We started our Project Management life cycle with Phase One – Concept and Feasibility where we did our homework and we secured agreement with our Project Customer.
Next came Phase Two – Organization/Schedule where we created our Work Breakdown Structure and Critical Path Analysis to get all of our stakeholders to buy-in to the upcoming executable tasks.
Finally we did the actual project work in Phase Three – Execution/Implementation and controlled the project’s time, cost and objectives, while also managing stakeholder and management expectations (which was a LOT easier after doing the first two phases!).
Now it is time to review how we did with our project mgt. process with a Phase Four – Review and Audit.
Every business life cycle has a spot (let’s call it a stage or stage gate) where the business needs to know that the project met the expectations of the business. Sometimes that will take years for the data to become available and/or for the project to prove its worth.
Our Project Management life cycle has a placeholder for the business evaluation to happen, but it is after the Project Manager has moved on to new and exciting other projects.
So, now is the time to do a Review/Audit on our project to close down our PM life cycle.
Here are the outstanding tasks:
– Project Mgt Plan Review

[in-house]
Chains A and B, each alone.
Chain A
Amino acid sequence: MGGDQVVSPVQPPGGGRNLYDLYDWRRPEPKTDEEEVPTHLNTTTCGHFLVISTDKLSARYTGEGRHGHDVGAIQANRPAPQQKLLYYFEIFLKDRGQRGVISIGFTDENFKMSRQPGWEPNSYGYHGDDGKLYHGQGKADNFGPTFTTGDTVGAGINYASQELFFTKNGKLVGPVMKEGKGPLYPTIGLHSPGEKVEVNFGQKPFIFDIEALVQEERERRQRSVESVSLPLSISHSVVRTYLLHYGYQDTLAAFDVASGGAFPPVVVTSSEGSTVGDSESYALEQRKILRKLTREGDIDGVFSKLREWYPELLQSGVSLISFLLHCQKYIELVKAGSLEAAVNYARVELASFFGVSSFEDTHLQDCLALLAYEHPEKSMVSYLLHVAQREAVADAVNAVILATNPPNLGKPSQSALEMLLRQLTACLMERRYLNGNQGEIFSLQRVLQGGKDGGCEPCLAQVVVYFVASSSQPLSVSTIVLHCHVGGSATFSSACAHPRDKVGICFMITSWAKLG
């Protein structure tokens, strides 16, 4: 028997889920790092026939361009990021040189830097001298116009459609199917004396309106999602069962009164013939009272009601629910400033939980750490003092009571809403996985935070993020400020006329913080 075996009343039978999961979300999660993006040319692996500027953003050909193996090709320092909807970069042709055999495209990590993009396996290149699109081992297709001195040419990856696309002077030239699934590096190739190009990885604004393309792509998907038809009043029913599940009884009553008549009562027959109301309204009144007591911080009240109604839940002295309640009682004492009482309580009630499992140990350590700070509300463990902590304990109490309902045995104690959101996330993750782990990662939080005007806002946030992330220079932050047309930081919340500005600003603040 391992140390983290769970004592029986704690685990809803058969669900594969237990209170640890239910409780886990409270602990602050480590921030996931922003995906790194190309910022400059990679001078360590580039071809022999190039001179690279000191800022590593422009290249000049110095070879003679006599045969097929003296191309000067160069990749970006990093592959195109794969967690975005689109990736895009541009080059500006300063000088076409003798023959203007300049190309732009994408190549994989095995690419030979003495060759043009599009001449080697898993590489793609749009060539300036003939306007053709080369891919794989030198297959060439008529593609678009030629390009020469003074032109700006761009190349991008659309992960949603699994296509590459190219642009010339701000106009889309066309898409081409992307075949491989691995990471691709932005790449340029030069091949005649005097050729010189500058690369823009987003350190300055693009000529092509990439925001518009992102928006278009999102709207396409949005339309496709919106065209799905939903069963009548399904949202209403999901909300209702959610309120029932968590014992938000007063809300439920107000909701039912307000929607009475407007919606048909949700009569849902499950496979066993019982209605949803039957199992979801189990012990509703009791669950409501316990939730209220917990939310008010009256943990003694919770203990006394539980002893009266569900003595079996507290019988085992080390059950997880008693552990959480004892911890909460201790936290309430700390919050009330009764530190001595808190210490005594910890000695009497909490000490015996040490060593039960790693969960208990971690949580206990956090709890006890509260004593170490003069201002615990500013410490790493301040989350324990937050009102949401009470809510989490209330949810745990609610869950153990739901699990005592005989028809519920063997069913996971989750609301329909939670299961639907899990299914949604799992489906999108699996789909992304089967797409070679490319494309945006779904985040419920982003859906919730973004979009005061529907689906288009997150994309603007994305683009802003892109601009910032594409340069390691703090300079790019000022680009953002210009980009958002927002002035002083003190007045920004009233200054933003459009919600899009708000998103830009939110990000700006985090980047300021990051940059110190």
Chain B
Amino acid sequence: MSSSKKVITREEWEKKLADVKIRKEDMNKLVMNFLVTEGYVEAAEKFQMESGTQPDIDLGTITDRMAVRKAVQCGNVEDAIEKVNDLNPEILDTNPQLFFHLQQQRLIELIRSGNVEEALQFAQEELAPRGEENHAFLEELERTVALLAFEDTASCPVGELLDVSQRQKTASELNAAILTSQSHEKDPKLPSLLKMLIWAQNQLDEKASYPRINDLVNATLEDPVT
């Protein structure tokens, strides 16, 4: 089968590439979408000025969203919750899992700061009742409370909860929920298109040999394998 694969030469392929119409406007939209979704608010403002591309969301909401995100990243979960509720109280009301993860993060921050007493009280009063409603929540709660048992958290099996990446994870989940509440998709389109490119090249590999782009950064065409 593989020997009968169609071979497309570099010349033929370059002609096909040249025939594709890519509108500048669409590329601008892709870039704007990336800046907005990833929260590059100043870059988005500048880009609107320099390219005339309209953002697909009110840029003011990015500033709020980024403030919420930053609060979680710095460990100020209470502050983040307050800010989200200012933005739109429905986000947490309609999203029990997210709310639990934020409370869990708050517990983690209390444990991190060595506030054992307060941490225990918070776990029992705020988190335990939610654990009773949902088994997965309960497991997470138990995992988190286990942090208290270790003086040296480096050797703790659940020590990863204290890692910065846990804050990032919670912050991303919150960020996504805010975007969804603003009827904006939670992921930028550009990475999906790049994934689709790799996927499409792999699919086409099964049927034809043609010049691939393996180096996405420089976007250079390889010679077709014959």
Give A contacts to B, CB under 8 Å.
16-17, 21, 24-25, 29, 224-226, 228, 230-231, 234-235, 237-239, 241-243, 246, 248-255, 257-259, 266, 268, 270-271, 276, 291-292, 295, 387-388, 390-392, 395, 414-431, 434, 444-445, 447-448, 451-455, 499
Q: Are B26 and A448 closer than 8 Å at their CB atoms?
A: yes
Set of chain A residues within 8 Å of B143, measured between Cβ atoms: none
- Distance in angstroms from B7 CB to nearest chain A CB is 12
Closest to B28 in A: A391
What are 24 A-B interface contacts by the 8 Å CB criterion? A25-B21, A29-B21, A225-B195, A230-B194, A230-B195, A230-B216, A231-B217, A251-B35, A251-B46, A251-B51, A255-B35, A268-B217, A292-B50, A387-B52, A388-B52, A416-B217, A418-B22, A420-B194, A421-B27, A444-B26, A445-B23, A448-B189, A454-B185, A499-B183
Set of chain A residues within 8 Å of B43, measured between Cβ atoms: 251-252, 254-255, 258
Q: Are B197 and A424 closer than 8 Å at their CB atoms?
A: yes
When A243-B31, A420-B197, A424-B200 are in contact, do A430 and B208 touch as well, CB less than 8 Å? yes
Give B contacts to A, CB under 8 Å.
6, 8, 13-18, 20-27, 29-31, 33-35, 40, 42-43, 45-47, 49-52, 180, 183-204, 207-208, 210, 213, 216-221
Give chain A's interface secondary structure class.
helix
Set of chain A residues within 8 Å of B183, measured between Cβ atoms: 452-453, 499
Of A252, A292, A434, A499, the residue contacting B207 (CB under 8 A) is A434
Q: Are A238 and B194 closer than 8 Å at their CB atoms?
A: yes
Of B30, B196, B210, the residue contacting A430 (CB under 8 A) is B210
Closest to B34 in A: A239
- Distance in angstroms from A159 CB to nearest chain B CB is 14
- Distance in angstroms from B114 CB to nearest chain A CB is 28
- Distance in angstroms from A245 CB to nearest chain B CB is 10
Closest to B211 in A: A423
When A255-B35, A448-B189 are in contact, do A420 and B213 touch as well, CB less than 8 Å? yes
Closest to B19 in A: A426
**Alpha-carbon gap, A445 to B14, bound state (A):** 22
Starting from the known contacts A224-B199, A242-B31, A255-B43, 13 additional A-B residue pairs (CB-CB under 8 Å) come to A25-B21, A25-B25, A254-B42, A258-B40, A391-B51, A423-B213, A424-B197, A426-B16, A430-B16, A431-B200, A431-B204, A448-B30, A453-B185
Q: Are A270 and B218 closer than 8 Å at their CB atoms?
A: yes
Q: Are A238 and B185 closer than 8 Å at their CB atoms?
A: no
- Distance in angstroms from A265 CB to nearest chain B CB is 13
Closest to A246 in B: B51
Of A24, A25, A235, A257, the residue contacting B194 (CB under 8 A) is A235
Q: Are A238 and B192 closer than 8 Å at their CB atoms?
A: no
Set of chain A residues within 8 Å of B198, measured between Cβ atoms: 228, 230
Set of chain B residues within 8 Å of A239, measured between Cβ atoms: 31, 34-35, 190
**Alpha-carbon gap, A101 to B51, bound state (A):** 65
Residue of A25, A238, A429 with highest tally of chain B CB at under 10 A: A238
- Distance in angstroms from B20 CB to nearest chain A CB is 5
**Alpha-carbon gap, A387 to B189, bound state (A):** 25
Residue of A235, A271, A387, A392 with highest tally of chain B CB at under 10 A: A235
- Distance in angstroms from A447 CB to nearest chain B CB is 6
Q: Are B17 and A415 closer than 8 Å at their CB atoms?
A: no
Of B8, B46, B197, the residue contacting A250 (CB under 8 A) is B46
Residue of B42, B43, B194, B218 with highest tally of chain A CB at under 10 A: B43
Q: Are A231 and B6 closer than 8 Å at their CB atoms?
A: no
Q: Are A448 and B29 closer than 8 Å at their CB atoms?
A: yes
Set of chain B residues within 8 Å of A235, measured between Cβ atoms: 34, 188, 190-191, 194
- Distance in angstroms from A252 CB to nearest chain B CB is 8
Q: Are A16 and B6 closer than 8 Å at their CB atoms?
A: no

– Lessons Learned
– Financial Close-out
– Project History
Project Management Plan Review
Now is the time to update and review all of the planning, scheduling and tasking from Phase Three – Execution to detail what actually happened during Execution Phase. This will be advantageous when questions arise later after the project closes. This will also give you the chance to double check that all of the tasks were completed.
This is a Lessons Learned regarding the project mgt. process. Get the team together and ask the questions: 1) “What did we do well as a team?”, and 2) “What could we have done better as a team?”
The final question we ask ourselves, “What lessons have I learned by managing this project?”
A report to management of the team and personal Lessons Learned will bring to light the cultural problems that are inherit in any organization, and in a politically correct way.
You have spent money and an audit of the spend can be attached to the completed PMP.
The PMP is now a comprehensive history of the project. This can and will be a great tool in the future for you and other Project Managers. It can even be used as a template for a similar projects.
A copy to your Project Customer, Boss and yourself will close your involvement with the project.
You have earned it and so has your team. It’s time to celebrate!
Get all of your team (Project Customer and Boss included) together for one last time and take the time to thank them for their commitment and hard work.
You know you worked hard in training your team how you view and manage a project, so remember that the people on this team might be on your next team, and the real authority you developed with these people, can and will carry forward to the next project.
Congratulations successful Project Manager. You have done what very few can. By sticking to your guns, your project has been managed through a Project Management life cycle that has meshed with the Organizational Business life cycle, and it all started with the simple question, “Who is my Project Customer?”
Next month: We start exploring the Three Tools (Planning, Scheduling and Controlling), in detail. Beginning with Planning and how the PMP fits in.